Reaction on Reading Packets

This post is a reaction to the 3 packets of information that was given to my Women’s Colloquium class over numerous topics including rape, the lack of female artists in museums, sexism, women in the courtroom, and women getting into the education system and creating careers for themselves. So inevitably this reaction will cover a lot.

The readings started off talking about colonial women for the most part. How the wife, way back in the day, was more than content to stay home and help the family by making candles and spinning/weaving. This was their way of contributing while the man farmed or had a job in town. Women back then did not feel the need to have a job because they were still contributing to the profit of the family in their own way. And it makes sense, they did what they were good at, and still had a feeling of self worth. As the world has evolved and become much more industrial, the man takes giant strides, while it seems the woman is always two steps behind. While the man left for his job or career the woman was left behind with housework and possibly childcare. No longer having a feeling of self worth because (as most studies show) there is no recognition giving to the wife/mother of doing household duties. No pat on the back, it is expected of them to do these chores.

Now there was the very rare exception of a woman working as a doctor, architect, lawyer, and politician; but these poor women were depicted as “strange mutations” thank to the media back in the 50s and 60s. Just how rare? Here are some stats for 1960: 6% of doctors were women, lawyers 3%, and <1% of engineers. What about professors? Hell no, when women were going to a higher education they were always taught by men who said “you’re taking a mans spot here, but really you’re only filling a quota.” They never had female professors and the crazy thing was that they didn’t even question it! It baffles me that women once were thought about his way, and though about themselves this way!  Women were, and occasionally still viewed as the weaker sex, even though the college attendance is dominated by females now. An example of them being the weaker sex, is when employers would pay women less for the same job that a male was doing. One employer even asked a single business woman  “Do you have a family you have to support?” ‘No.’ “What about a mortgage?” “Not yet but I would like to buy a home soon.” “Well that’s why the man gets paid more!” I was appalled by this nonsense! What about a man who is not yet married and living alone as well! Same circumstances. What is sad to think is that we still have this sexist pay gap!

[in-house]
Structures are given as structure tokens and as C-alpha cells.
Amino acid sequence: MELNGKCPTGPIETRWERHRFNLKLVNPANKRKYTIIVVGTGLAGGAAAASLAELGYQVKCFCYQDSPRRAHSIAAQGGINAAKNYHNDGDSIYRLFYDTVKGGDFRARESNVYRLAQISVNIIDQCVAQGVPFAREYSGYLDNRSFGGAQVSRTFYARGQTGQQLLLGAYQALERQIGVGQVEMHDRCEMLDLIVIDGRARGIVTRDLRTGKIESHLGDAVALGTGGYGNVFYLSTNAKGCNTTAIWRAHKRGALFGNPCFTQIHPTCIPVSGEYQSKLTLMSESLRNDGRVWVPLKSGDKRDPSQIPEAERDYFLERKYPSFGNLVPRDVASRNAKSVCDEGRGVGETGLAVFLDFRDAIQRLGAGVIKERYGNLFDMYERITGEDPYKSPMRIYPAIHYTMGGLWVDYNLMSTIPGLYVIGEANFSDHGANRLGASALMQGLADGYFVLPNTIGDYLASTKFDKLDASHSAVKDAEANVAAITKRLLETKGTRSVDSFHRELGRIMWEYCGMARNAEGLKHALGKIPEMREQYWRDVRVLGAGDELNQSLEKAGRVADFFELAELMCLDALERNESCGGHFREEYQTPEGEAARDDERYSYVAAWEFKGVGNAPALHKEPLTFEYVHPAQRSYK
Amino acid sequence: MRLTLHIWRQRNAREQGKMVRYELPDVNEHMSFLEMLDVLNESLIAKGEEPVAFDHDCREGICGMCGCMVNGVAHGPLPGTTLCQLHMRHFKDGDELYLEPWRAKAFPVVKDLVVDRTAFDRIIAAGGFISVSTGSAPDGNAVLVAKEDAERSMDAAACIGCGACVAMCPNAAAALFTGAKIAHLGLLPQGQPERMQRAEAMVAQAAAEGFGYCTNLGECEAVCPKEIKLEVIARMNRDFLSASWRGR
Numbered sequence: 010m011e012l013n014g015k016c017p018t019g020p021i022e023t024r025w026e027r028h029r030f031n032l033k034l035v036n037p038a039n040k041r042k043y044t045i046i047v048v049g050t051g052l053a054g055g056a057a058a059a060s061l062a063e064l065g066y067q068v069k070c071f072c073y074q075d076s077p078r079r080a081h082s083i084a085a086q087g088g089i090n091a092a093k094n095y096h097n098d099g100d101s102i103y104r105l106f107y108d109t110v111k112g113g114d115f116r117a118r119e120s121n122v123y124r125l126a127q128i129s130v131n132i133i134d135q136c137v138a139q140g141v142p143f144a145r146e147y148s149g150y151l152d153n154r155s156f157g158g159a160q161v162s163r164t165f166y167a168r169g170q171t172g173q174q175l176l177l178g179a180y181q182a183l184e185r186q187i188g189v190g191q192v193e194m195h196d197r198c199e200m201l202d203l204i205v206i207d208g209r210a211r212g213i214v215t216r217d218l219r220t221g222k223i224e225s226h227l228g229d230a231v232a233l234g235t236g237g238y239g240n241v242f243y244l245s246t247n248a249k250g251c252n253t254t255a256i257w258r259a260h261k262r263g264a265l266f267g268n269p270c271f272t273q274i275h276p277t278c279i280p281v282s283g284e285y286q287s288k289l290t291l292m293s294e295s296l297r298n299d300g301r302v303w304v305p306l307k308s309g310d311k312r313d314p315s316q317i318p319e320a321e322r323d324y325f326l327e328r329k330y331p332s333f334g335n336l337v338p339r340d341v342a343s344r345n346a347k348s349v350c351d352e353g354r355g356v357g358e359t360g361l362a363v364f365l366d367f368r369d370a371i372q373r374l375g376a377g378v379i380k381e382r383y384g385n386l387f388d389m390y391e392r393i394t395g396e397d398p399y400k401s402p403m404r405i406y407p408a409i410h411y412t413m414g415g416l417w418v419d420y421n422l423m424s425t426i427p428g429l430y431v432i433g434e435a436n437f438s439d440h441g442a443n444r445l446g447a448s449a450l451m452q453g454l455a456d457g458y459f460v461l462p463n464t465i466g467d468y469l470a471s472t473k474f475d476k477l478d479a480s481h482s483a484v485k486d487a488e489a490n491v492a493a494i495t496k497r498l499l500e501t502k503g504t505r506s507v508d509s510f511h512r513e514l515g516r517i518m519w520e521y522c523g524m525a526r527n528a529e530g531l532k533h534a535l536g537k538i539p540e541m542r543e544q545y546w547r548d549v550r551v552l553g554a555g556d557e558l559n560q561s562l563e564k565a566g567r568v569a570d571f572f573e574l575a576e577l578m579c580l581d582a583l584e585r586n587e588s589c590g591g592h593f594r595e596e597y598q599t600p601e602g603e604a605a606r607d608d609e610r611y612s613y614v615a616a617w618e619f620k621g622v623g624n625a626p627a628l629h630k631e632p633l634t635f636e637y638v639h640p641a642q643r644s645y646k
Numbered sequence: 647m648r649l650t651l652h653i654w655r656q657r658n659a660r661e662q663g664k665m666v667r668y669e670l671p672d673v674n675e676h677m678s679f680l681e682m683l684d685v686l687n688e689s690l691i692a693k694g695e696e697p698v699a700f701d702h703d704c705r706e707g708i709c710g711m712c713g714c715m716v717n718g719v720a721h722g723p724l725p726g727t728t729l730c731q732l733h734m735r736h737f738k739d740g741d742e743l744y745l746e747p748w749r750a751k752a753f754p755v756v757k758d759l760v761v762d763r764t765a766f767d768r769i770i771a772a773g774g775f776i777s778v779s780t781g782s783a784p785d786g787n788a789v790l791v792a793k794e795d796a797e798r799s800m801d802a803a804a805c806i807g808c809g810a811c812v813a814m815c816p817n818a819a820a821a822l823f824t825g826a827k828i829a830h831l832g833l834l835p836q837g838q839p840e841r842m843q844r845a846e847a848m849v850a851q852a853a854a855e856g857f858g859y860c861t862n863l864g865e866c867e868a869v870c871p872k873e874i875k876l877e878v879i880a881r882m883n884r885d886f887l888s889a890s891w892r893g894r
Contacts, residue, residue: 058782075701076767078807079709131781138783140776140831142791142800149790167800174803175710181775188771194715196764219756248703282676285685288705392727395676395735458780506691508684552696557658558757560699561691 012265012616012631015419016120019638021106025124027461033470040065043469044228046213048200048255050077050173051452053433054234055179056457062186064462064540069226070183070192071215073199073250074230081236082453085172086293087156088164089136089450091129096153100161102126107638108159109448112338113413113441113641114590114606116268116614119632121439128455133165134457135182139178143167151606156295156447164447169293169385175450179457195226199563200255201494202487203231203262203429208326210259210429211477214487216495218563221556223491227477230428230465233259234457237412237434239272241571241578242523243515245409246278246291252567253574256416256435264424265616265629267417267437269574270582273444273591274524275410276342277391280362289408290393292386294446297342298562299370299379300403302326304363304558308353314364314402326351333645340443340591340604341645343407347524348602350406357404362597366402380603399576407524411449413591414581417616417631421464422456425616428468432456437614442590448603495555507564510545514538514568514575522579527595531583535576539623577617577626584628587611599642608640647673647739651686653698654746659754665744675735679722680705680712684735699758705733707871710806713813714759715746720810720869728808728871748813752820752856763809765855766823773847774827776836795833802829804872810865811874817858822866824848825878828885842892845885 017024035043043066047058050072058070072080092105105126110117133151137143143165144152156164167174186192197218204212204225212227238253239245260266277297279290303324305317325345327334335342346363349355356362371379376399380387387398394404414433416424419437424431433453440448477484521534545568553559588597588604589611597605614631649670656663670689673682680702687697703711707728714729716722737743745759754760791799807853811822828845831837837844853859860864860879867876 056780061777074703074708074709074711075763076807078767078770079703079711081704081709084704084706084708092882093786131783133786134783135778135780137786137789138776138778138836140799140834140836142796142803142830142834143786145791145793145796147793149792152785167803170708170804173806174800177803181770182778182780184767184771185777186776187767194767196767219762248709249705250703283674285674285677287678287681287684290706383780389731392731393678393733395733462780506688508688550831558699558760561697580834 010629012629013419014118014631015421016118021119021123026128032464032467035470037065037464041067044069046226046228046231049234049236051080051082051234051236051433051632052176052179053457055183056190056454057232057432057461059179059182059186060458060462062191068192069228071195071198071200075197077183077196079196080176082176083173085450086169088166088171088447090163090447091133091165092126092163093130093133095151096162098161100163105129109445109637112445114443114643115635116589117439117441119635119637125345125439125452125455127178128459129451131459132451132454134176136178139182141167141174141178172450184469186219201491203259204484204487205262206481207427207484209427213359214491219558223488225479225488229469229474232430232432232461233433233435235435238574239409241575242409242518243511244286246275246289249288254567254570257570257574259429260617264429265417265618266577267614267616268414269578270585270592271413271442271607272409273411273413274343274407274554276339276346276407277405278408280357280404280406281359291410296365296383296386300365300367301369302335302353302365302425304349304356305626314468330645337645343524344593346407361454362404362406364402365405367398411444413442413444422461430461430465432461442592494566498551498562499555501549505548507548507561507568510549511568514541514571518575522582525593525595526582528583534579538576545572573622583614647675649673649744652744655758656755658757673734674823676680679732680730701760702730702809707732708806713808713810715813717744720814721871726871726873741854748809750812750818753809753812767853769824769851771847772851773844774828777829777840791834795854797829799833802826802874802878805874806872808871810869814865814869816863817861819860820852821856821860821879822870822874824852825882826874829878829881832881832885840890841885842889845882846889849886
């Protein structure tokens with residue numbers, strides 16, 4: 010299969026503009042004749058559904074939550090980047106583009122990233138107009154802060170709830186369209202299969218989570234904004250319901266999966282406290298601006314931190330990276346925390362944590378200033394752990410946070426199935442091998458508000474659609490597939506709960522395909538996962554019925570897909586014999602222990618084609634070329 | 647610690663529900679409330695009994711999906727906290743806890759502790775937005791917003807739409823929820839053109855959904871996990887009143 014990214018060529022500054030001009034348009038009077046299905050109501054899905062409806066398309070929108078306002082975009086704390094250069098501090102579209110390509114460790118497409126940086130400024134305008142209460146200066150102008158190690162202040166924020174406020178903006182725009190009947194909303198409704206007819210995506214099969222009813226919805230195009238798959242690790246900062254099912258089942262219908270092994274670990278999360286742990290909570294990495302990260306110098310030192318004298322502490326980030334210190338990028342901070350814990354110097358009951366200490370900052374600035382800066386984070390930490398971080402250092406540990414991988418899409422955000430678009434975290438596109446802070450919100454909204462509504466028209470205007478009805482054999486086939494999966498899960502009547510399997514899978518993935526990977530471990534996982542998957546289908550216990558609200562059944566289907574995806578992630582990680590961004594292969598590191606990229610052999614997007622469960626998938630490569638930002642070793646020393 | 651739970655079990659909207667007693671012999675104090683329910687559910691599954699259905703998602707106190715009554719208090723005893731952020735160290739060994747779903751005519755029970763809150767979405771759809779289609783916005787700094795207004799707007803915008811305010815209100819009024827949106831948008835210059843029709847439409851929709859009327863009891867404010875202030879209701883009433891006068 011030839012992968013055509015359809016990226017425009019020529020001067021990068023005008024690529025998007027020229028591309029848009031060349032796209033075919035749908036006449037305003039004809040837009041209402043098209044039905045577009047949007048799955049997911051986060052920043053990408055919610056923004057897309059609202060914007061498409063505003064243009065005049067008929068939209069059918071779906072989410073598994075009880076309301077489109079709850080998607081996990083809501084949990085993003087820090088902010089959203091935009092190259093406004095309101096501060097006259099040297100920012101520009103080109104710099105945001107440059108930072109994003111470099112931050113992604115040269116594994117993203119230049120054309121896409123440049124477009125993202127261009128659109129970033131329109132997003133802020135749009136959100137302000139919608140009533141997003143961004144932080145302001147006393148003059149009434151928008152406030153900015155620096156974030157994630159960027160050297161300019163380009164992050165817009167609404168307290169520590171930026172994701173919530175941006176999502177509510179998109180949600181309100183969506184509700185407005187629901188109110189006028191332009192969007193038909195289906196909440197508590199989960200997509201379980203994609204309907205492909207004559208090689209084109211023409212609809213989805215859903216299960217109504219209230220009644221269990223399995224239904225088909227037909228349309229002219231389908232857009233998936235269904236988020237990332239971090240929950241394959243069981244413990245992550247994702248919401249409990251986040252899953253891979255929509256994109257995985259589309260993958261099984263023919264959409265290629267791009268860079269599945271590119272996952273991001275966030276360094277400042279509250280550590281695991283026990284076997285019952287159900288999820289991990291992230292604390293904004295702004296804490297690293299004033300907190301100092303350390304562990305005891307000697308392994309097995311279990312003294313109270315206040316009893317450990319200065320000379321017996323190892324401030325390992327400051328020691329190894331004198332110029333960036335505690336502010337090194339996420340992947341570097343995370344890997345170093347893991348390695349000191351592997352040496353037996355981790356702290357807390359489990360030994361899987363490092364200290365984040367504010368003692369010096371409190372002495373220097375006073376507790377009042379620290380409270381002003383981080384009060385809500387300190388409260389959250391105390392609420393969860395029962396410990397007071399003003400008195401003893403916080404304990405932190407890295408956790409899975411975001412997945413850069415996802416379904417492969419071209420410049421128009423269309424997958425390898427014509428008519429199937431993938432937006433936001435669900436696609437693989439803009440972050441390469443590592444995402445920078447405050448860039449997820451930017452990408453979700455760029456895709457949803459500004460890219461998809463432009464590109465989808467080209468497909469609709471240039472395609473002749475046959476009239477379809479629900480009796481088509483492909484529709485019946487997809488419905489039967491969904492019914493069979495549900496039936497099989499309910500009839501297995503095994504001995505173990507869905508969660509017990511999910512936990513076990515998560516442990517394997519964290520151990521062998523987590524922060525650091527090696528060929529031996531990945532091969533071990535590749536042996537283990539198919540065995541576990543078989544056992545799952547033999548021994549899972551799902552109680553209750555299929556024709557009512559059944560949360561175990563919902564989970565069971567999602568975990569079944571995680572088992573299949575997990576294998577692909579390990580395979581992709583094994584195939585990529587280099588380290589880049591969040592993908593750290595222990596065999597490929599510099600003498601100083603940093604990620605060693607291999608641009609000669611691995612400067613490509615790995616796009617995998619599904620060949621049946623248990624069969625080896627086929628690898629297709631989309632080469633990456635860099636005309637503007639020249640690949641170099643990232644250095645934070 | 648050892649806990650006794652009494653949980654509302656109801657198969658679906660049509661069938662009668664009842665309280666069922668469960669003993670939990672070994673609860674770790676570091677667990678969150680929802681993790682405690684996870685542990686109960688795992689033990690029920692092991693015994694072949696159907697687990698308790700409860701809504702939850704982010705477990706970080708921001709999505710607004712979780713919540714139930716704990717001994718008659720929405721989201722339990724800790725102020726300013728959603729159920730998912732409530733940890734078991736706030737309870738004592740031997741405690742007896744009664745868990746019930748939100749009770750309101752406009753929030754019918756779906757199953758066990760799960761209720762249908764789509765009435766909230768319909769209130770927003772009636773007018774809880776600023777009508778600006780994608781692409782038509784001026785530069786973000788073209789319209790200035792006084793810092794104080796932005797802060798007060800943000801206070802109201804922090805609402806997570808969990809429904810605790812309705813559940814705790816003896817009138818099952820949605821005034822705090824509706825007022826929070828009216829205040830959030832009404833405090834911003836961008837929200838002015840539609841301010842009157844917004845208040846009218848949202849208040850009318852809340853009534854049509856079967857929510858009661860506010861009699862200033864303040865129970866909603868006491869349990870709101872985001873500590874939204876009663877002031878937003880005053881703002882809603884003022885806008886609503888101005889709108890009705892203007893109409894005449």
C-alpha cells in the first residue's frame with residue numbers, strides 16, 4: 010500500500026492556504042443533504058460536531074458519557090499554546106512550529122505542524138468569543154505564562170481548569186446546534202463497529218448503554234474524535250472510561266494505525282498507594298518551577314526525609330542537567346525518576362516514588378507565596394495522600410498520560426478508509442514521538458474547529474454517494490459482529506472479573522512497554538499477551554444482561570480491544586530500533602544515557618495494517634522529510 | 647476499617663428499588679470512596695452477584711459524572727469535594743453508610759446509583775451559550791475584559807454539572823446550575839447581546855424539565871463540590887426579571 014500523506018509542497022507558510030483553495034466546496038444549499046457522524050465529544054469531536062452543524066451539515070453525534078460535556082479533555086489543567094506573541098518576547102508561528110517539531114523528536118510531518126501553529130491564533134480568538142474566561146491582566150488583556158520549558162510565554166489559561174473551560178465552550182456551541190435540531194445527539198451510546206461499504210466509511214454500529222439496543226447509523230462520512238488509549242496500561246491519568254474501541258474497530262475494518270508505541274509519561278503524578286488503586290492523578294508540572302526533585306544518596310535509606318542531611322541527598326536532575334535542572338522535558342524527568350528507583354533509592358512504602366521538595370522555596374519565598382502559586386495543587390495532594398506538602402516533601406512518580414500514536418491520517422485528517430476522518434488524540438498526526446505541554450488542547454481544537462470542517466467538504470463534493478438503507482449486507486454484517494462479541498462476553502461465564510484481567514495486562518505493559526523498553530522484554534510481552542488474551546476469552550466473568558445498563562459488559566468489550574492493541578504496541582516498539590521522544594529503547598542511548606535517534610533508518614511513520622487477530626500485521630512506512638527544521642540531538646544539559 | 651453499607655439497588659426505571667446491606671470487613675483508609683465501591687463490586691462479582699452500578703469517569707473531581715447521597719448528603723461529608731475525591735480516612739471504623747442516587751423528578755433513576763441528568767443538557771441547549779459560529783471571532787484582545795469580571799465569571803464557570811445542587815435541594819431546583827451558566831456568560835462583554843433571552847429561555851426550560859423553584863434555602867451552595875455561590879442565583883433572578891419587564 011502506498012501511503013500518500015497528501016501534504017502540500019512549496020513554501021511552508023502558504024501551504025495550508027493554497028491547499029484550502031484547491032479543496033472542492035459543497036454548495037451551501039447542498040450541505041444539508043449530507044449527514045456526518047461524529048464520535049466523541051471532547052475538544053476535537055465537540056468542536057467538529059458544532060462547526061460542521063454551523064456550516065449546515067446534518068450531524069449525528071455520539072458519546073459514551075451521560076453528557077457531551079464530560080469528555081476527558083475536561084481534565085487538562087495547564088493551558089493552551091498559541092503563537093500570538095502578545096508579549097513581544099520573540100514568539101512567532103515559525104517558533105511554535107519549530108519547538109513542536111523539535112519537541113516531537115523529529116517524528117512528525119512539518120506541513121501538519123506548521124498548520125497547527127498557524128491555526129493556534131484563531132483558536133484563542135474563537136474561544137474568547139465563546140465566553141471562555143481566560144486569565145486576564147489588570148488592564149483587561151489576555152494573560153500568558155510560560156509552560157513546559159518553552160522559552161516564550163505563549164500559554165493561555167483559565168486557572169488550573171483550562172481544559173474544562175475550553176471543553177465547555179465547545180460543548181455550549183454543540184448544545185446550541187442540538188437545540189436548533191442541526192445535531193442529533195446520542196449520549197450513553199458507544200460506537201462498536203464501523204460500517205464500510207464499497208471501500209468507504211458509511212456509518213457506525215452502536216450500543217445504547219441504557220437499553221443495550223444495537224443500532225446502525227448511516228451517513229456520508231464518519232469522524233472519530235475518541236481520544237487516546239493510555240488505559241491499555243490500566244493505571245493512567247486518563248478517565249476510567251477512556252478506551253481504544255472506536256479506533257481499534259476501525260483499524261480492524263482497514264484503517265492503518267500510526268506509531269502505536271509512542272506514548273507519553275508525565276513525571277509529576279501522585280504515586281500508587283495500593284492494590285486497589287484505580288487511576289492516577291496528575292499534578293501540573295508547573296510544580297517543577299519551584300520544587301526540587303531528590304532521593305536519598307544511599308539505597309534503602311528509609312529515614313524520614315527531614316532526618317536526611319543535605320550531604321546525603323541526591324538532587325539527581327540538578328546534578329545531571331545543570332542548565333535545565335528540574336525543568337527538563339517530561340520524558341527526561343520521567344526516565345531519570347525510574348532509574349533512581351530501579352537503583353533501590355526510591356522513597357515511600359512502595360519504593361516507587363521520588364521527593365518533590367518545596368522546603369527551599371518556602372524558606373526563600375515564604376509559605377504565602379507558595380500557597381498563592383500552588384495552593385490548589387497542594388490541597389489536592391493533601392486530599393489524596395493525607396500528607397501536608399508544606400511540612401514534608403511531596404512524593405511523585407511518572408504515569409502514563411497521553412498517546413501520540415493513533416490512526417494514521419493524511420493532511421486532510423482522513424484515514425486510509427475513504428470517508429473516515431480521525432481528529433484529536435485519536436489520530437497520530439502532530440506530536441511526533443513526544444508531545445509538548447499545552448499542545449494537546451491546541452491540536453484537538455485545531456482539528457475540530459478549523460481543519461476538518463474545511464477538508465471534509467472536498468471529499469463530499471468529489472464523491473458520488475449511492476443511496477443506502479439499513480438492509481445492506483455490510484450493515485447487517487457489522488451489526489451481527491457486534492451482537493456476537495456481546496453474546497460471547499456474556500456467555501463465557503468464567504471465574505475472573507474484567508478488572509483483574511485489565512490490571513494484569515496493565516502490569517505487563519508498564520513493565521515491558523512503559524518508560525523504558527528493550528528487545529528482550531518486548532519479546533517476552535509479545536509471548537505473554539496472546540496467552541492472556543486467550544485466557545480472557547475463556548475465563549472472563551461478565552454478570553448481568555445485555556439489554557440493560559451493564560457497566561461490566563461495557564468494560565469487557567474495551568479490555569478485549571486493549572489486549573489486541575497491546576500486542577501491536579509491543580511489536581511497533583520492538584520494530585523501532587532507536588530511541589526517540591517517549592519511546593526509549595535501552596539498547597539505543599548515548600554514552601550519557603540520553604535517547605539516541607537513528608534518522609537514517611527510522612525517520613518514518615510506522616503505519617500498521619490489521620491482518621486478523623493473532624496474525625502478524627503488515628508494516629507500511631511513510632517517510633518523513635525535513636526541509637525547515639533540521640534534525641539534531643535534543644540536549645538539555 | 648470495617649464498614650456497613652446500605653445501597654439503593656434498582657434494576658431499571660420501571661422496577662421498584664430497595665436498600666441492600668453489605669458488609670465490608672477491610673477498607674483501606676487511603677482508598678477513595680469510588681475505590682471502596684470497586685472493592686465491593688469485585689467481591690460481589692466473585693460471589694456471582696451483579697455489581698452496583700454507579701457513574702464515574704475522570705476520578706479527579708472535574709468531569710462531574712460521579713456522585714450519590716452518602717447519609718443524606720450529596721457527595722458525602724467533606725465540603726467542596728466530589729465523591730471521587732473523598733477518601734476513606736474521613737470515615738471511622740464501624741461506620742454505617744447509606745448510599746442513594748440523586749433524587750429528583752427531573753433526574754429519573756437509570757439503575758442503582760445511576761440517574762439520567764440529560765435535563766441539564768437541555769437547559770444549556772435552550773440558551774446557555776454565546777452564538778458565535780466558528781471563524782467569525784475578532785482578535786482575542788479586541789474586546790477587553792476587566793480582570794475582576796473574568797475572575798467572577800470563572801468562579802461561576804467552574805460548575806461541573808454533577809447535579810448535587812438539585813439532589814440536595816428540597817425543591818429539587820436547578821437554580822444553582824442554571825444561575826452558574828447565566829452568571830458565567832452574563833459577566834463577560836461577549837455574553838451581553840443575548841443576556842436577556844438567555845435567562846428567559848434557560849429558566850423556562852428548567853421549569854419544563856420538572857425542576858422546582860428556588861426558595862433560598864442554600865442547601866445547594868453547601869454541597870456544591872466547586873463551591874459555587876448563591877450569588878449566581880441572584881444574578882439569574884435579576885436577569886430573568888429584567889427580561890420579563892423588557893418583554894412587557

I hate what society has been forcing onto us since the beginning of time. That women are meant to be raised “pure” and are to be raised under their fathers rule until they are married and basically pawned off to their husbands care. That they are a piece of property, and there for only reproductive purposes.

Moving into the area of television, where it was clear women had only limited options is despicable. What’s even more depressing is that the roles women had back then portrayed them as either children (I Love Lucy) or a modern housewife with all the trimmings. Now don’t get me wrong Lucile Ball was a revolutionist when it came to women in comedy and producing her own shows, but she didn’t really portray her self as a powerful woman in the show. In the 970s we had a boom in household wives watching soap operas (information herehttp://soapcentral.com/soapcentral/news/2005/0509-historyofsoaps_01.php) and although those shows were based around some strong resilient women, they were mostly based around cat fights and love stories. As of late in the 2000s we have women fighting over companies and much more than just a man.